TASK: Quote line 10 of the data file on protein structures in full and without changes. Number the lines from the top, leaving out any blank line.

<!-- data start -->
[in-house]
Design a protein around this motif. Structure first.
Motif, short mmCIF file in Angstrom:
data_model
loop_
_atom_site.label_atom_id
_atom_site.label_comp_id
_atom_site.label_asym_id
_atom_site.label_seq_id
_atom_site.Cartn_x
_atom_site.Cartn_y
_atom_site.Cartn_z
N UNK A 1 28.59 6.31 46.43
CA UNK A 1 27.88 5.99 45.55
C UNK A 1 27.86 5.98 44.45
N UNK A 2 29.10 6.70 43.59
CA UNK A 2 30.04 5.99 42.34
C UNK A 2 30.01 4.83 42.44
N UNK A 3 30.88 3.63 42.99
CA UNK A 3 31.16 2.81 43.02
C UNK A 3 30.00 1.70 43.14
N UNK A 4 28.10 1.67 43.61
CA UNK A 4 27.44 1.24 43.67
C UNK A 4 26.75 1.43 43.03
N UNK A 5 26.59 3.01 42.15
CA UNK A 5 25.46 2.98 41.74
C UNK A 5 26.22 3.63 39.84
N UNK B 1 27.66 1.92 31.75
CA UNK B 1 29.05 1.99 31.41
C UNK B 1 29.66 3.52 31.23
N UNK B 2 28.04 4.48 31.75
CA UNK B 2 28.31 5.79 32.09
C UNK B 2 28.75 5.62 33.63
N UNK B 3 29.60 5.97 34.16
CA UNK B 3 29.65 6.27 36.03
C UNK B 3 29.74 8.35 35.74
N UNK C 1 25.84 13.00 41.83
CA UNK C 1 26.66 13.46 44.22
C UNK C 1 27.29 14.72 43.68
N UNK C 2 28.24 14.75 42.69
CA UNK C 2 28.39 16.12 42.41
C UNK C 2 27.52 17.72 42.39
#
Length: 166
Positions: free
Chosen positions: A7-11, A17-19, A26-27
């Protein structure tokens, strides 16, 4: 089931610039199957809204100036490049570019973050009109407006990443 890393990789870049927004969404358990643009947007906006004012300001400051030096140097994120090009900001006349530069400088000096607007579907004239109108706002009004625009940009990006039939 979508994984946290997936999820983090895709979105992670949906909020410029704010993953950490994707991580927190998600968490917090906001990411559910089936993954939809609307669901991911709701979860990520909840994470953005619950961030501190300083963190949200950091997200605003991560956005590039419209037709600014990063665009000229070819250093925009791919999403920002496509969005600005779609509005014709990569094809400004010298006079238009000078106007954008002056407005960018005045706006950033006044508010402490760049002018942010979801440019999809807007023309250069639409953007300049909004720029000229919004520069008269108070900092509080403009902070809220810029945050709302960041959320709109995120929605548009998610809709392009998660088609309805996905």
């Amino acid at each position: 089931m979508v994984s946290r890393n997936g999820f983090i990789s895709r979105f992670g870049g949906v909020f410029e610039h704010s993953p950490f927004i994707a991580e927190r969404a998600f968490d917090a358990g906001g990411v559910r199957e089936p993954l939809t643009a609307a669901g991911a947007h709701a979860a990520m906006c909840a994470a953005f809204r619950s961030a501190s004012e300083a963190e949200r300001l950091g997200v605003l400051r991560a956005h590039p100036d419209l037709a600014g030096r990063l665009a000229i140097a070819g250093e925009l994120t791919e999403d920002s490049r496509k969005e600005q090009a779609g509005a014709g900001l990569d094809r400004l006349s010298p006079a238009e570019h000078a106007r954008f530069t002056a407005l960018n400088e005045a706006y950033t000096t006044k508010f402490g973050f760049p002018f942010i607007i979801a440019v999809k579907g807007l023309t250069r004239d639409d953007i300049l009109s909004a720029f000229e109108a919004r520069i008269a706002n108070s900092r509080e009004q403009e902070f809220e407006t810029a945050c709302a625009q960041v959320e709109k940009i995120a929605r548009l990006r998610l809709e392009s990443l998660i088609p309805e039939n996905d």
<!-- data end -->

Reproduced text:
_atom_site.Cartn_x